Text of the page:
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Christopher X J. Jensen
Associate Professor, Pratt Institute

E&E in A&D: The Armstrong Lie

Posted 18 Jan 2015 / 0

I just finished watching the 2013 documentary The Armstrong Lie. I do not get much time to watch movies — and my favorite genre of movie, documentaries — very much these days, but I used to be a big fan of pro cycling in the Armstrong era, so I knew that I had to check Read More

A Major Post, Altruism, Behavior, Cooperation, Cultural Evolution, Film & Video, Game Theory, Group Selection, Play, Punishment, Reciprocity, Reputation, Social Norms

Our paper on a super-rational solution to the tragedy of the commons published in Scientific Reports

Posted 14 Jan 2015 / 0

I am very pleased to announce that a paper that I worked on with collaborators Jun-Zhou He, Rui-Wu Wang, and Yao-Tang Li has been published in the open-access journal Scientific Reports. The paper, entitled “Asymmetric interaction paired with a super-rational strategy might resolve the tragedy of the commons without requiring recognition or negotiation“, considers how Read More

A Major Post, Altruism, Behavior, Behavioral Ecology, Coevolution, Cooperation, Game Theory, Multilevel Selection, My publications, Phenotypic Plasticity

Scientific American down on memorization

Posted 28 Aug 2014 / 0

If you have read my posts on Open Information Environments, you know that I think that we should no longer be teaching (or expecting) our students to memorize things. With all of us carrying around smartphones or tablets that allow us to look up anything anytime pretty much anywhere, our brains are free to be Read More

A Minor Post, Cultural Evolution, Education, Higher Education, Information Literacy, Teaching

Review of What We Made by Tom Finkelpearl

Posted 13 Aug 2014 / 0

I study cooperation. I can say this honestly only with some caveats. I am very interested in what allows cooperation to evolve in biological systems, as cooperation seems to defy the Darwinian imperative to serve the needs of self-replication and yet is unexpectedly prevalent in nature. In particular I am interested in human cooperation, which Read More

A Major Post, Activism, Art & Design, Books, Collaborative Art, Communication, Cooperation, Emotion, Empathy, Environmental Justice, Play, Public Art, Social Diversity, Social Networks

Water, Alfalfa, China, and a modern Tragedy of the Commons

Posted 12 Aug 2014 / 0

NPR Morning Edition “In Time Of Drought, Arizona’s Alfalfa Exports Are Criticized” There are so many interesting aspects to this story. First and foremost, it illustrates that “tragedies of the common” are entirely, well — common — in modern economies. The rules of resource use dictate whether that resource will be over-exploited: if there are Read More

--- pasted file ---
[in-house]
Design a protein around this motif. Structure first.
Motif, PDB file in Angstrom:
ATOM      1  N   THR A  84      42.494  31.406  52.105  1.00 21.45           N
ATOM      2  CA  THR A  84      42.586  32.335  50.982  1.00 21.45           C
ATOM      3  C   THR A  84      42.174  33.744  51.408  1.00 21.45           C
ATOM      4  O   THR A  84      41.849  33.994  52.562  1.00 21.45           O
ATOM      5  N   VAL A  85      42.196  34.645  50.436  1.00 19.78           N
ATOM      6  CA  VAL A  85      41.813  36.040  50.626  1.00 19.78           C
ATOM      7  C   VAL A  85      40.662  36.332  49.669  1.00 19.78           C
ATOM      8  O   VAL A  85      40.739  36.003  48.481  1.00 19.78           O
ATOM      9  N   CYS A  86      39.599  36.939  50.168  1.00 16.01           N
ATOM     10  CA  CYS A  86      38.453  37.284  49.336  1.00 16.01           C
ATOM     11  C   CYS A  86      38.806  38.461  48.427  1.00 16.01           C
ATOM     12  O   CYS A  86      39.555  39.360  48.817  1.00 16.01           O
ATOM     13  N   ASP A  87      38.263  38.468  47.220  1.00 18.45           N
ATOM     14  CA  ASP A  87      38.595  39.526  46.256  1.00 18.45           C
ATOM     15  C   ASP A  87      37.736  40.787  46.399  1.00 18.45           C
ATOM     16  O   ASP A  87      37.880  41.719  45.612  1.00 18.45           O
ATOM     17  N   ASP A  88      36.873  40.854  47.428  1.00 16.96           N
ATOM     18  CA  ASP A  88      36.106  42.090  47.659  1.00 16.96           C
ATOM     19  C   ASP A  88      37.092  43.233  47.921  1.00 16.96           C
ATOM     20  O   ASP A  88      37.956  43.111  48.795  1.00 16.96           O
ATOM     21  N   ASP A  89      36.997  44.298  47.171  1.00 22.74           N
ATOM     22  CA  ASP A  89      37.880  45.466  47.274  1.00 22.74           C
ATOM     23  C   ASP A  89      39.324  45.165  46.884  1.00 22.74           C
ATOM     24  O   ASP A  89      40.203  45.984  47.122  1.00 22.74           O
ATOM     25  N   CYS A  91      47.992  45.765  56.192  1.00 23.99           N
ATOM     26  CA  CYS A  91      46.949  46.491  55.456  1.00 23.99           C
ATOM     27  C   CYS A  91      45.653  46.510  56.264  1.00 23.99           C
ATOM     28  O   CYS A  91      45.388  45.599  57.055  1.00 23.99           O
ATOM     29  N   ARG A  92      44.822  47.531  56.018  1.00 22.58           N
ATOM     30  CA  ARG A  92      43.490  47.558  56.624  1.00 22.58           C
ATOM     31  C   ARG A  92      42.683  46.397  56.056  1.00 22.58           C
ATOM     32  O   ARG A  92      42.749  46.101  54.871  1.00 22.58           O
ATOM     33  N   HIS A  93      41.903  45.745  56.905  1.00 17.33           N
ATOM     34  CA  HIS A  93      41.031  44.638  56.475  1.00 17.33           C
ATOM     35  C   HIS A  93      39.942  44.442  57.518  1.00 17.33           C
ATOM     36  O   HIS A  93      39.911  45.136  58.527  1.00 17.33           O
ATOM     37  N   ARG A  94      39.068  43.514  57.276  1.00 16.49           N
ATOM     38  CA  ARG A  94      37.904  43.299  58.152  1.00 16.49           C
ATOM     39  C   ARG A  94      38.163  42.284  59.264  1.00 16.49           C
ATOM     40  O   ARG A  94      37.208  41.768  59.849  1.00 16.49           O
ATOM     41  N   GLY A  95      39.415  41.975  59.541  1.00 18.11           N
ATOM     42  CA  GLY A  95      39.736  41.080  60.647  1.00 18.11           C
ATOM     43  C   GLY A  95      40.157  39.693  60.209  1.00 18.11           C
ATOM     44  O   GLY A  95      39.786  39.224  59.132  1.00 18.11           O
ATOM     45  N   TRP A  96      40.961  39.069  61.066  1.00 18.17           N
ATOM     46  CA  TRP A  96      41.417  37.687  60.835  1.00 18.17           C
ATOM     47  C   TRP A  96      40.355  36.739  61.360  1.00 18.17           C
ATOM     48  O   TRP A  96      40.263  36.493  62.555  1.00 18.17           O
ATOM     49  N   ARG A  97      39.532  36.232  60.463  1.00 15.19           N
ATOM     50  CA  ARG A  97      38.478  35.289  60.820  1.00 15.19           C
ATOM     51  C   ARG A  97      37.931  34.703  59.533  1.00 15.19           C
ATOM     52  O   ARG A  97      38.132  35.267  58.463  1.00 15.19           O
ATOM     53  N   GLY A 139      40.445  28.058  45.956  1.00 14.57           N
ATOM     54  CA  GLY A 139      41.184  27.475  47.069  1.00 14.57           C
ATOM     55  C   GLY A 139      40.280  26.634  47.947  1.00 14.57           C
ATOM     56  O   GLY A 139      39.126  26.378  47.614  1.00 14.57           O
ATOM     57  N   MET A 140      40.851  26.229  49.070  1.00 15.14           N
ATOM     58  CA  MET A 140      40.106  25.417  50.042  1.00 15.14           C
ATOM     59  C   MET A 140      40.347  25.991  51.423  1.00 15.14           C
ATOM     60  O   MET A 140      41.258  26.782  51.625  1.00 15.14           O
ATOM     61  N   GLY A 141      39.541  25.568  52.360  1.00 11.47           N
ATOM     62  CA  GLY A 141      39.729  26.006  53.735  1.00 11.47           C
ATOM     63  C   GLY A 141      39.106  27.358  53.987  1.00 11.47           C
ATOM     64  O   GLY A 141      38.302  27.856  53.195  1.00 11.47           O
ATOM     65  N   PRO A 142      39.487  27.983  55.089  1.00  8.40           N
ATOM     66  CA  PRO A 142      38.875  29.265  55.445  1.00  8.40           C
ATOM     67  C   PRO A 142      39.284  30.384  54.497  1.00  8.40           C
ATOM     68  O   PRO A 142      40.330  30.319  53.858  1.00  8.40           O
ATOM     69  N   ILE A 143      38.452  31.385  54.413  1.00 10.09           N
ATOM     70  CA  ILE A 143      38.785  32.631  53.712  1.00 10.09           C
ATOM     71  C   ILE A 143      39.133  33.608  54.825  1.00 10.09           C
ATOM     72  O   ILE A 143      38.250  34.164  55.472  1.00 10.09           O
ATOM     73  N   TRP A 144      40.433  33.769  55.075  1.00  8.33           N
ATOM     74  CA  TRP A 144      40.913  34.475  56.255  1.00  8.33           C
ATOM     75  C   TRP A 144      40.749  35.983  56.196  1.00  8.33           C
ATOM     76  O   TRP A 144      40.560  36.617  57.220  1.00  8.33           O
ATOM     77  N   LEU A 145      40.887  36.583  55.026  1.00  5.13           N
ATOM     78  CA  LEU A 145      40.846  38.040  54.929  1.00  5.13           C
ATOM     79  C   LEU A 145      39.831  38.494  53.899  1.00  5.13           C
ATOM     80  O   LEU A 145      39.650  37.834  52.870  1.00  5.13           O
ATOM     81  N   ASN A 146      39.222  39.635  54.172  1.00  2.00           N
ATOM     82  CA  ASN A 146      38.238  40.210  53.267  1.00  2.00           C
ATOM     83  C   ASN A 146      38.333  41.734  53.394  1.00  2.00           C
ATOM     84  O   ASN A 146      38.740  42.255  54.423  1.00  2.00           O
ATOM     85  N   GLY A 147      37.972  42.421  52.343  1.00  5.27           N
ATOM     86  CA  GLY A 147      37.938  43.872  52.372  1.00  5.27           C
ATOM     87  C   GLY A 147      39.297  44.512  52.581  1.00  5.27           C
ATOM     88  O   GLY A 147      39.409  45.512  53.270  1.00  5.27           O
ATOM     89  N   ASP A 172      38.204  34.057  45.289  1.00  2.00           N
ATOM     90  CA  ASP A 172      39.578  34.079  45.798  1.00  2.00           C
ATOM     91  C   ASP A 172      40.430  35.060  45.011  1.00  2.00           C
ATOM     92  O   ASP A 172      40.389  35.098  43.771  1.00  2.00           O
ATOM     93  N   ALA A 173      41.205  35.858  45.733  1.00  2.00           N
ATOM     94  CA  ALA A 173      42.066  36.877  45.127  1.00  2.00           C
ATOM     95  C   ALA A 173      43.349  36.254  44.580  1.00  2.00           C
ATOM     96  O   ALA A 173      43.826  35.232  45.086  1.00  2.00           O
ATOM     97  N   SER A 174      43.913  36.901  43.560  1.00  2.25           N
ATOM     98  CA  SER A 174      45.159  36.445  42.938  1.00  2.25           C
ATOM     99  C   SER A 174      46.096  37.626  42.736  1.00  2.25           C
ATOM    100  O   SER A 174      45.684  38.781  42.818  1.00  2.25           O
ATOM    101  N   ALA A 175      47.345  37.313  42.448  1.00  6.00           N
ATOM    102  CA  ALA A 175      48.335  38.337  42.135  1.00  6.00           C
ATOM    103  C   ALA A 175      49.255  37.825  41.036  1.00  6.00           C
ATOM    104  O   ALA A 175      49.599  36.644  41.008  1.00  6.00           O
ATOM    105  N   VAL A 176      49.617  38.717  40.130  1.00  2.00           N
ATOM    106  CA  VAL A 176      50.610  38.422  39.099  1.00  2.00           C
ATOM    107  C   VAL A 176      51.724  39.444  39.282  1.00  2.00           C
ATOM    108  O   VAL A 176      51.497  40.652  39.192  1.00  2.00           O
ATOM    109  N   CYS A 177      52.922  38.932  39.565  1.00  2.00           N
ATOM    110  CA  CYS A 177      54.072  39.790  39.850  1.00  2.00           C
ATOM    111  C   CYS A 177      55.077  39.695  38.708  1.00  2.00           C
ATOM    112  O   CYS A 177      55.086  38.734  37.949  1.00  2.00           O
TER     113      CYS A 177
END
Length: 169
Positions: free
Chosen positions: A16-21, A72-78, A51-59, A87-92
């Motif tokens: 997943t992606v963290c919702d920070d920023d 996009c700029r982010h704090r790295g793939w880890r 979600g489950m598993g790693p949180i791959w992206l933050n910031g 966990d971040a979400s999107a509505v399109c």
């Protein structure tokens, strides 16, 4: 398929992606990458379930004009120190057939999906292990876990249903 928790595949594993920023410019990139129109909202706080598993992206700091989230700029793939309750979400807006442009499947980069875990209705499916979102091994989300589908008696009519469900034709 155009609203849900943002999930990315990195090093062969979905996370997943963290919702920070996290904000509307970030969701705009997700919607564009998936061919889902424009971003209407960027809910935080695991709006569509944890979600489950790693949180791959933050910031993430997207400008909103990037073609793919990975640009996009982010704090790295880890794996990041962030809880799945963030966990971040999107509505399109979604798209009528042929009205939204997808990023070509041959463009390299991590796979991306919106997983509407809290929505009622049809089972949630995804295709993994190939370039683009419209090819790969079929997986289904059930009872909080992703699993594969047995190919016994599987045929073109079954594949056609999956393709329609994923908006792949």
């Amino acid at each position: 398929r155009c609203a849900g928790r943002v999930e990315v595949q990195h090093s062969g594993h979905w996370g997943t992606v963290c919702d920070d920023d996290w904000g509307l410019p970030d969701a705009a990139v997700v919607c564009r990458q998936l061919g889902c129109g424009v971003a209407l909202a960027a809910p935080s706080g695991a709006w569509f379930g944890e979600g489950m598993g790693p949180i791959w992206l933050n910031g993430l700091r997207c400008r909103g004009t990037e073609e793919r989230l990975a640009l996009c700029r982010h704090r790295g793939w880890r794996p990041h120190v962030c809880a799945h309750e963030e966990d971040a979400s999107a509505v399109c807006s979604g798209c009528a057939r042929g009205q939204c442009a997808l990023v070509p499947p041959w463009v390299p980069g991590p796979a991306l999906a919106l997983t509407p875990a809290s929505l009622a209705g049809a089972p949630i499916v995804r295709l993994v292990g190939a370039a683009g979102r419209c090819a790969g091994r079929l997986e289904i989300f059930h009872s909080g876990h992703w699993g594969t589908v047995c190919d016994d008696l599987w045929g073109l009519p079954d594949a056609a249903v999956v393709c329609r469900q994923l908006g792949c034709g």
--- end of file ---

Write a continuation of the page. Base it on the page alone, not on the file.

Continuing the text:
A Minor Post, Climate Change, Cooperation, Deserts, Ecosystem Services, Environmental Justice, Ethics, Radio & Podcasts, Resource Consumption, Sustainability, Sustainable Agriculture, Water Supply

When Facebook performs a manipulative experiment on its users, the results are interesting, the methods disturbing

Posted 03 Aug 2014 / 0

Did you know that Facebook performs scientific research? If I told you that Facebook is constantly analyzing the activity of its users, that would probably not surprise you. But does Facebook go the next step by performing manipulative experiments on its users? A recent publication in the prestigious Proceedings of the National Academy of Sciences USA Read More

A Major Post, Articles, Behavior, Behavioral Ecology, Communication, Consciousness, Emotion, Empathy, Ethics, Experiments (General), Happiness, Law, Methods, Psychological Adaptation, Sociology, Web

A nice synopsis of some reasons for laughter

Posted 03 Aug 2014 / 0

The Chronicle of Higher Education “What’s So Funny?” I appreciate the different theories of laughter presented here and the way that they are connected to adaptive behavior and ultimately to evolution. Like a lot of other behaviors that I am interested in — most prominently music production and play — laughter is one of those Read More

A Minor Post, Articles, Behavior, Communication, Emotion, Human Uniqueness, Play, Web

Do humans form genetically similar social groups independent of kinship?

Posted 26 Jul 2014 / 1

Proponents of kin selection as the most parsimonious explanation of how cooperation evolves face a problem when it comes to humans: counter to the predictions of kin selection theory, humans aim a fair amount of altruism at non-kin. While we do not aim our helping behaviors solely at our relatives, we also do not randomly Read More

A Major Post, Altruism, Articles, Behavior, Cooperation, Genetics, Group Selection, Human Evolution, Kin Selection, Psychology, Radio & Podcasts, Reciprocity, Social Networks, Sociology